Given the current state of the local economy it is high time we rethink how we approach our businesses or companies. It is now a common feature for businesses or companies to explore cost-cutting measures in order to stay afloat in this cutthroat operating environment. One area that is usually affected foremost is human resources. When operational sustainability is threatened businesses tend to lay off some of their workers in a bid to cut down on costs. Today I want to talk about human resources and how we have to rethink our approaches so that we stay afloat despite the ailing economy.

Could Shorter Working Days And Lesser Working Days Be The Answer?

The Microsoft Experiment

Recently Microsoft did a study in which they wanted to see how employees would perform if their working days were reduced to just 4 days a week. This experiment was done at their Japan offices and was carried out for the whole month of August. Basically the experiment entailed that the employees would only work from Monday to Thursday per week. No changes were made to their salaries. The number of employees who were part of this experiment or trial was 2300.

The CEO of Microsoft Japan remarked that he wanted employees to rest well and be even more productive despite them spending about 20% less time on their work. The results of the trial showed that employees were more productive, had more focus and were in much higher spirits. Interestingly it even emerged that the electricity bill significantly went down. Overall, productivity surged by an amazing 40%. This was just a trial and it is not yet clear if it will adopted as company policy. All the same, the findings brought out some very interesting insights.

Perpetual Guardian

In 2018 a company called Perpetual Guardian in New Zealand tried out the same approach. Their workforce of 240 employees was made to work only 4 days a week. Interestingly, the results turned out just like it did for Microsoft Japan. It is quite remarkable considering that Microsoft Japan with a workforce roughly 10 times the size of Perpetual Guardian also got the same results.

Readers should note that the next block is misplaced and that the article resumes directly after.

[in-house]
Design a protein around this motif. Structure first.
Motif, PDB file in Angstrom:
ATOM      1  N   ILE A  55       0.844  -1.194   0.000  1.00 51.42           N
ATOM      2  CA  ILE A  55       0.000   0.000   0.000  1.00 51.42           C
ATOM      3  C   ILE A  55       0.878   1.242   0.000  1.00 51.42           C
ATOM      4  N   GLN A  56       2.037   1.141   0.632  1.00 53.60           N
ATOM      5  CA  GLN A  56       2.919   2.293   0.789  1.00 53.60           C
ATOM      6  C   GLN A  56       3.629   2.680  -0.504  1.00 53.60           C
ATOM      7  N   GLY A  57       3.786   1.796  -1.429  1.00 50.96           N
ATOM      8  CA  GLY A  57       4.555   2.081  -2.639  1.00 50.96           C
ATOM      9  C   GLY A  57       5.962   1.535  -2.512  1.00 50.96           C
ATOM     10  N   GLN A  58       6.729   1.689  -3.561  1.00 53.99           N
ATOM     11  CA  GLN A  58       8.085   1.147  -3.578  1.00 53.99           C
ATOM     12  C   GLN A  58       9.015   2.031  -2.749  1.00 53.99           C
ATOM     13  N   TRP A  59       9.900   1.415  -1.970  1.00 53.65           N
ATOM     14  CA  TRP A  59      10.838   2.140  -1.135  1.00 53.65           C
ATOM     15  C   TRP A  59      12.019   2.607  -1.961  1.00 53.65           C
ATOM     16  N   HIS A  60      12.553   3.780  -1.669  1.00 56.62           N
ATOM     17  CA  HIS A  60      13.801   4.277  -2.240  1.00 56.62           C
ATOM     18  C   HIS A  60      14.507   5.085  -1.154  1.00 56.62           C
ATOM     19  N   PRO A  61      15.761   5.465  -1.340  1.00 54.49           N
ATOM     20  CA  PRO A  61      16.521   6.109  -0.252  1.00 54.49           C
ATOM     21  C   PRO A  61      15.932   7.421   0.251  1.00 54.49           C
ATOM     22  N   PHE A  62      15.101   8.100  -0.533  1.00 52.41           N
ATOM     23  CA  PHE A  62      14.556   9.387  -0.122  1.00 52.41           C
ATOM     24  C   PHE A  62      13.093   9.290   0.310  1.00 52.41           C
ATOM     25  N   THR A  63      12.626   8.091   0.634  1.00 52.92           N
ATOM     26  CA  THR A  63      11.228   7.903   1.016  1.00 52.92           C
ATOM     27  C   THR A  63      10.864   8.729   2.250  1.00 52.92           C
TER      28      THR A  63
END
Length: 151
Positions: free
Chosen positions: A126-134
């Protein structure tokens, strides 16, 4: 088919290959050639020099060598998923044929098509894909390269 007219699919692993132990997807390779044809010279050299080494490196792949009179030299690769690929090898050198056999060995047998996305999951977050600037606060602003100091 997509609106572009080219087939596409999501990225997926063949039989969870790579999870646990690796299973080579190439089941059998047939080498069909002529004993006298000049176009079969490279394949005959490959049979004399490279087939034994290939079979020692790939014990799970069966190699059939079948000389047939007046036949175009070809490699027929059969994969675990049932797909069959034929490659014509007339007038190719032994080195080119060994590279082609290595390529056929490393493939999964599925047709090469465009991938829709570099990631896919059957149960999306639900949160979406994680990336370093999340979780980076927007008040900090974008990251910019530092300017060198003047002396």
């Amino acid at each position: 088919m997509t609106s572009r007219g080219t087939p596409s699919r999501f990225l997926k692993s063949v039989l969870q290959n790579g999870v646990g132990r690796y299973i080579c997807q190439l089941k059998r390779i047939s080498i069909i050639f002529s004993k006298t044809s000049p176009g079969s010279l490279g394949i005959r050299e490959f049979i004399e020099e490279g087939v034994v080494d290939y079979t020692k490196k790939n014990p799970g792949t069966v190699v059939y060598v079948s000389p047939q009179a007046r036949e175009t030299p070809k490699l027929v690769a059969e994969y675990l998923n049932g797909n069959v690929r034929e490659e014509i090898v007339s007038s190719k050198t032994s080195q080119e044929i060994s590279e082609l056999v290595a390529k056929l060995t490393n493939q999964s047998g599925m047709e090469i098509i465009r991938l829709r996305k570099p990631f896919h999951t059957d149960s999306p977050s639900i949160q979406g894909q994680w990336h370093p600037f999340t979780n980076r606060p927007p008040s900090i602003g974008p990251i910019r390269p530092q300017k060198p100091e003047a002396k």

Harvard Business Review

They did a study in 2018 that also showed that shorter working days led to increased productivity. In fact, the study showed that if working hours per day are reduced from 8 hours to 6 hours productivity shoots up.

Workforce Institute At Kronos

They did yet another study last year which showed that 50% of the employees who participated in the study said that they needed 5 or less hours per day to get their job done.

The overall insights from these studies are that lesser working days and shorter working days lead to increased productivity. It also emerged that when employees have too many hours at work they tend to lose focus and that reduces their productivity. Spending less time at the work place also led to a decrease in operating costs e.g. electricity usage (as seen from the Microsoft Japan example). We have also seen that employees end up happier and more fulfilled when working shorter and lesser days. So, how can we relate this to Zimbabwe?

Implications For Zimbabwe

Most businesses are faced with a tough dilemma on how to handle their human resources. I believe these studies could serve as inspiration on possible ways to address the issue of human resources costs. By putting in place a framework of shorter working days and lesser working days they can lead to increased productivity and decreases in operating costs. The other great thing about this is that it will give employees more time to focus on other personal income-generating side hustles. Imagine an employee working from 8 am to 2 pm then they know off. Also consider that they will be working only from Monday to Thursday.

The extra time they did not have before can be motivation enough for them to quickly and comprehensively do their work knowing they will soon be focusing on other side hustles. I believe if employees can have a healthy balance between work life and side hustles they will be happier at work because they will not be feeling tied down. The question of whether to keep their salaries the same given the new framework is a no-brainer. Look, already most employees are not getting enough salaries so reducing their working hours and working days will be fair – at least that is what I think.

I am sure this is something businesses or companies can try out to see how it goes. If it has worked in other countries I am confident it can work here too. When you look at it everyone gets to benefit at the end of the day. So, what do you think about this, do you think it will work to introduce shorter working hours and lesser working days? I personally think it can work. I once worked at a certain office doing administrative work; I was only working 3 days a week and working roughly 6 hours per day. Despite that unconventional approach I was getting a lot done and even had time to help out my colleagues with their work even though they were working 5, 8-hour days a week.